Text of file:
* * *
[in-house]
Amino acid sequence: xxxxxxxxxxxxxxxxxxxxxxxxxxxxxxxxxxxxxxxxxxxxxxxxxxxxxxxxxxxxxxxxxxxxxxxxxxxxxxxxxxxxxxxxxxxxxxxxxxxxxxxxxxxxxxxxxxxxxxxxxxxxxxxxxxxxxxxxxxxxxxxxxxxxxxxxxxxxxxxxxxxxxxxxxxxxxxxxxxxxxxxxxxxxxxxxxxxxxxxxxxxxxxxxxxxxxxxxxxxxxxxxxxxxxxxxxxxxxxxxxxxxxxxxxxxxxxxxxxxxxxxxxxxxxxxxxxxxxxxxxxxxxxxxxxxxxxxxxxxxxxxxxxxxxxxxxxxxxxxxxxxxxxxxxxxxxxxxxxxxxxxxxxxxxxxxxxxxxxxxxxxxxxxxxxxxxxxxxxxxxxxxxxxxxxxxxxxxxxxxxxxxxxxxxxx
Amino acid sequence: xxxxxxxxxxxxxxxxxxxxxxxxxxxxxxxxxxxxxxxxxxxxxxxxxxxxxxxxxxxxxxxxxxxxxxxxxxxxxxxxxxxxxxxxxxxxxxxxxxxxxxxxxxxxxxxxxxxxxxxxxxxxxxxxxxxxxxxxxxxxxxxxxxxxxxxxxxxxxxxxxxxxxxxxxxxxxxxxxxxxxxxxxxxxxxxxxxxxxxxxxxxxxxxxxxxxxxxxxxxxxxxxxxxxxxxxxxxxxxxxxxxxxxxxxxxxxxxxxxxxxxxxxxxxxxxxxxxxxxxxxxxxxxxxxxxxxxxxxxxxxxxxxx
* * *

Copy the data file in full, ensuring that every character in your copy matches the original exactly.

[in-house]
Amino acid sequence: xxxxxxxxxxxxxxxxxxxxxxxxxxxxxxxxxxxxxxxxxxxxxxxxxxxxxxxxxxxxxxxxxxxxxxxxxxxxxxxxxxxxxxxxxxxxxxxxxxxxxxxxxxxxxxxxxxxxxxxxxxxxxxxxxxxxxxxxxxxxxxxxxxxxxxxxxxxxxxxxxxxxxxxxxxxxxxxxxxxxxxxxxxxxxxxxxxxxxxxxxxxxxxxxxxxxxxxxxxxxxxxxxxxxxxxxxxxxxxxxxxxxxxxxxxxxxxxxxxxxxxxxxxxxxxxxxxxxxxxxxxxxxxxxxxxxxxxxxxxxxxxxxxxxxxxxxxxxxxxxxxxxxxxxxxxxxxxxxxxxxxxxxxxxxxxxxxxxxxxxxxxxxxxxxxxxxxxxxxxxxxxxxxxxxxxxxxxxxxxxxxxxxxxxxxx
Amino acid sequence: xxxxxxxxxxxxxxxxxxxxxxxxxxxxxxxxxxxxxxxxxxxxxxxxxxxxxxxxxxxxxxxxxxxxxxxxxxxxxxxxxxxxxxxxxxxxxxxxxxxxxxxxxxxxxxxxxxxxxxxxxxxxxxxxxxxxxxxxxxxxxxxxxxxxxxxxxxxxxxxxxxxxxxxxxxxxxxxxxxxxxxxxxxxxxxxxxxxxxxxxxxxxxxxxxxxxxxxxxxxxxxxxxxxxxxxxxxxxxxxxxxxxxxxxxxxxxxxxxxxxxxxxxxxxxxxxxxxxxxxxxxxxxxxxxxxxxxxxxxxxxxxxxx